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See detailDevelopment and Application of an LC-MS/MS Untargeted Exposomics Method with a Separated Pooled Quality Control Strategy
Frigerio, Gianfranco UL; Moruzzi, Camilla; Mercadante, Rosa et al

in Molecules (2022), 27(8), 2580

Pooled quality controls (QCs) are usually implemented within untargeted methods to improve the quality of datasets by removing features either not detected or not reproducible. However, this approach can ... [more ▼]

Pooled quality controls (QCs) are usually implemented within untargeted methods to improve the quality of datasets by removing features either not detected or not reproducible. However, this approach can be limiting in exposomics studies conducted on groups of exposed and nonexposed subjects, as compounds present at low levels only in exposed subjects can be diluted and thus not detected in the pooled QC. The aim of this work is to develop and apply an untargeted workflow for human biomonitoring in urine samples, implementing a novel separated approach for preparing pooled quality controls. An LC-MS/MS workflow was developed and applied to a case study of smoking and non-smoking subjects. Three different pooled quality controls were prepared: mixing an aliquot from every sample (QC-T), only from non-smokers (QC-NS), and only from smokers (QC-S). The feature tables were filtered using QC-T (T-feature list), QC-S, and QC-NS, separately. The last two feature lists were merged (SNS-feature list). A higher number of features was obtained with the SNS-feature list than the T-feature list, resulting in identification of a higher number of biologically significant compounds. The separated pooled QC strategy implemented can improve the nontargeted human biomonitoring for groups of exposed and nonexposed subjects. [less ▲]

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See detailThe Power of LC-MS Based Multiomics: Exploring Adipogenic Differentiation of Human Mesenchymal Stem/Stromal Cells
Rampler, Evelyn; Egger, Dominik; Schoeny, Harald et al

in Molecules (2019)

The molecular study of fat cell development in the human body is essential for our understanding of obesity and related diseases. Mesenchymal stem/stromal cells (MSC) are the ideal source to study fat ... [more ▼]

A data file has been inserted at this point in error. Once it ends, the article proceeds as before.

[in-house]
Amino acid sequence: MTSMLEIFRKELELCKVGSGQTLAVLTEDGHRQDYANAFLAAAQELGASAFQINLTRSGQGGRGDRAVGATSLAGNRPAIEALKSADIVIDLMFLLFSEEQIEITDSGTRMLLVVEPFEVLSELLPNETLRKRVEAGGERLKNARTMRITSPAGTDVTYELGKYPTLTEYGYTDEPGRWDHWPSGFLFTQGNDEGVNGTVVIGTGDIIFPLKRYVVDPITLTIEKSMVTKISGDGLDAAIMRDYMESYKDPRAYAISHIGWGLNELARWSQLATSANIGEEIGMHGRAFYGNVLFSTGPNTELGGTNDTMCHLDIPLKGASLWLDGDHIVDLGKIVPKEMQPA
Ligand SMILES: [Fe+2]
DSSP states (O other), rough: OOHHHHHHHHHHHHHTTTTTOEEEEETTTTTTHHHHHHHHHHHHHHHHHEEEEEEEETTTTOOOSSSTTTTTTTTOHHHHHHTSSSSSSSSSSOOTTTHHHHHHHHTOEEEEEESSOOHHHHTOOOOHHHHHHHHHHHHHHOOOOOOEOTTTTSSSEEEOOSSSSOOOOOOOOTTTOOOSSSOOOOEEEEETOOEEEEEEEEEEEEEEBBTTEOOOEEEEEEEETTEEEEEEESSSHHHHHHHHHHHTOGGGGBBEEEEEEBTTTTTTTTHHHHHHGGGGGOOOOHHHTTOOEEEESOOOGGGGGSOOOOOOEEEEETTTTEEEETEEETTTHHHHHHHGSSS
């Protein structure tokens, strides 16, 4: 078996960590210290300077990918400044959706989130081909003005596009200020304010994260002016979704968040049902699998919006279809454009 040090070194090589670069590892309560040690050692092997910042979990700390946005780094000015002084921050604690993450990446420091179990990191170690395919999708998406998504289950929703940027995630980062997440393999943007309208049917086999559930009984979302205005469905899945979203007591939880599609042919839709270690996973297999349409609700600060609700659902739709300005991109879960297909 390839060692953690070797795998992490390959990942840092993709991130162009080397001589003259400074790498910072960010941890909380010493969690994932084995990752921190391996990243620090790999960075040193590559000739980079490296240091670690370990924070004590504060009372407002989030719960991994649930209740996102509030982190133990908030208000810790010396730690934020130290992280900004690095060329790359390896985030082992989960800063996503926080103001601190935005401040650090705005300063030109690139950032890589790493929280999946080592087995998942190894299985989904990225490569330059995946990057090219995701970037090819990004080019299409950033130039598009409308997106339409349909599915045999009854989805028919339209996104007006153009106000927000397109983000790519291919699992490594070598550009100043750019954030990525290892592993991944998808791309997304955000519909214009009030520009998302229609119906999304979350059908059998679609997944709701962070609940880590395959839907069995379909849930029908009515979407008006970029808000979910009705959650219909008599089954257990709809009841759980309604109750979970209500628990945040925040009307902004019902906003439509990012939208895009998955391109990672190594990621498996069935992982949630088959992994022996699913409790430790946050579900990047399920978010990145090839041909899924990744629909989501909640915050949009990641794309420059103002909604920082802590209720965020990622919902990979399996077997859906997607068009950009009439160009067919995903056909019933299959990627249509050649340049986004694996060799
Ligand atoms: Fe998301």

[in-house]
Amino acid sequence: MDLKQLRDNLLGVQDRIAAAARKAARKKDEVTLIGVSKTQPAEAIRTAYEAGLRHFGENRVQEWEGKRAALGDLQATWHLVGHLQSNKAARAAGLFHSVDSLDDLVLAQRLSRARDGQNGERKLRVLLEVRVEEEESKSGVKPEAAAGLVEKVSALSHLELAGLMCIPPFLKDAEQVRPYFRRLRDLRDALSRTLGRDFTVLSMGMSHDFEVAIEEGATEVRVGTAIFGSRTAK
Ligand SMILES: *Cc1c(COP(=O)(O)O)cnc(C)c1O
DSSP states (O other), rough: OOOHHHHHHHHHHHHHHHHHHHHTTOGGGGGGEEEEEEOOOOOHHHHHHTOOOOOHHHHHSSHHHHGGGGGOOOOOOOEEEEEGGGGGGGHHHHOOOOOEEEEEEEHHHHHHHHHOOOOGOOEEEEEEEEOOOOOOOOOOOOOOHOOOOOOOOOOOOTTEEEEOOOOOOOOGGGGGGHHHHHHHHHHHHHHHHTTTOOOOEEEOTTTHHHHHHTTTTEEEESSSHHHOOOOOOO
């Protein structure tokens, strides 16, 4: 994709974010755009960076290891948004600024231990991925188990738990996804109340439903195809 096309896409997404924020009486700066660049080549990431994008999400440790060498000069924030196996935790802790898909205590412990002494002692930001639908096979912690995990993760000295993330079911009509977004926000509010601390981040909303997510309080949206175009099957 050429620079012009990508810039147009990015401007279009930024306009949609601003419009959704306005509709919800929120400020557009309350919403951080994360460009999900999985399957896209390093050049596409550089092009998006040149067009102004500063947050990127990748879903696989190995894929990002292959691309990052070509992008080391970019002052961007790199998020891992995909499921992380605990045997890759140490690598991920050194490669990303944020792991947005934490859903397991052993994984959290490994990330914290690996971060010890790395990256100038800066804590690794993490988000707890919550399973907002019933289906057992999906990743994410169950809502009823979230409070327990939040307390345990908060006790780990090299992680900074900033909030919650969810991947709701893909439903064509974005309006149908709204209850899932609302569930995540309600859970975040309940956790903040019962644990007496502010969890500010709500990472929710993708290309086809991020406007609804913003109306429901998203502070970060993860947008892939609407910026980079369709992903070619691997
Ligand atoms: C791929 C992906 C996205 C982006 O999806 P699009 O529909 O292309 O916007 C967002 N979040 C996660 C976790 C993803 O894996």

The molecular study of fat cell development in the human body is essential for our understanding of obesity and related diseases. Mesenchymal stem/stromal cells (MSC) are the ideal source to study fat formation as they are the progenitors of adipocytes. In this work, we used human MSCs, received from surgery waste, and differentiated them into fat adipocytes. The combination of several layers of information coming from lipidomics, metabolomics and proteomics enabled network analysis of the biochemical pathways in adipogenesis. Simultaneous analysis of metabolites, lipids, and proteins in cell culture is challenging due to the compound’s chemical difference, so most studies involve separate analysis with unimolecular strategies. In this study, we employed a multimolecular approach using a two–phase extraction to monitor the crosstalk between lipid metabolism and protein-based signaling in a single sample (~105 cells). We developed an innovative analytical workflow including standardization with in-house produced 13C isotopically labeled compounds, hyphenated high-end mass spectrometry (high-resolution Orbitrap MS), and chromatography (HILIC, RP) for simultaneous untargeted screening and targeted quantification. Metabolite and lipid concentrations ranged over three to four orders of magnitude and were detected down to the low fmol (absolute on column) level. Biological validation and data interpretation of the multiomics workflow was performed based on proteomics network reconstruction, metabolic modelling (MetaboAnalyst 4.0), and pathway analysis (OmicsNet). Comparing MSCs and adipocytes, we observed significant regulation of different metabolites and lipids such as triglycerides, gangliosides, and carnitine with 113 fully reprogrammed pathways. The observed changes are in accordance with literature findings dealing with adipogenic differentiation of MSC. These results are a proof of principle for the power of multimolecular extraction combined with orthogonal LC-MS assays and network construction. Considering the analytical and biological validation performed in this study, we conclude that the proposed multiomics workflow is ideally suited for comprehensive follow-up studies on adipogenesis and is fit for purpose for different applications with a high potential to understand the complex pathophysiology of diseases. [less ▲]

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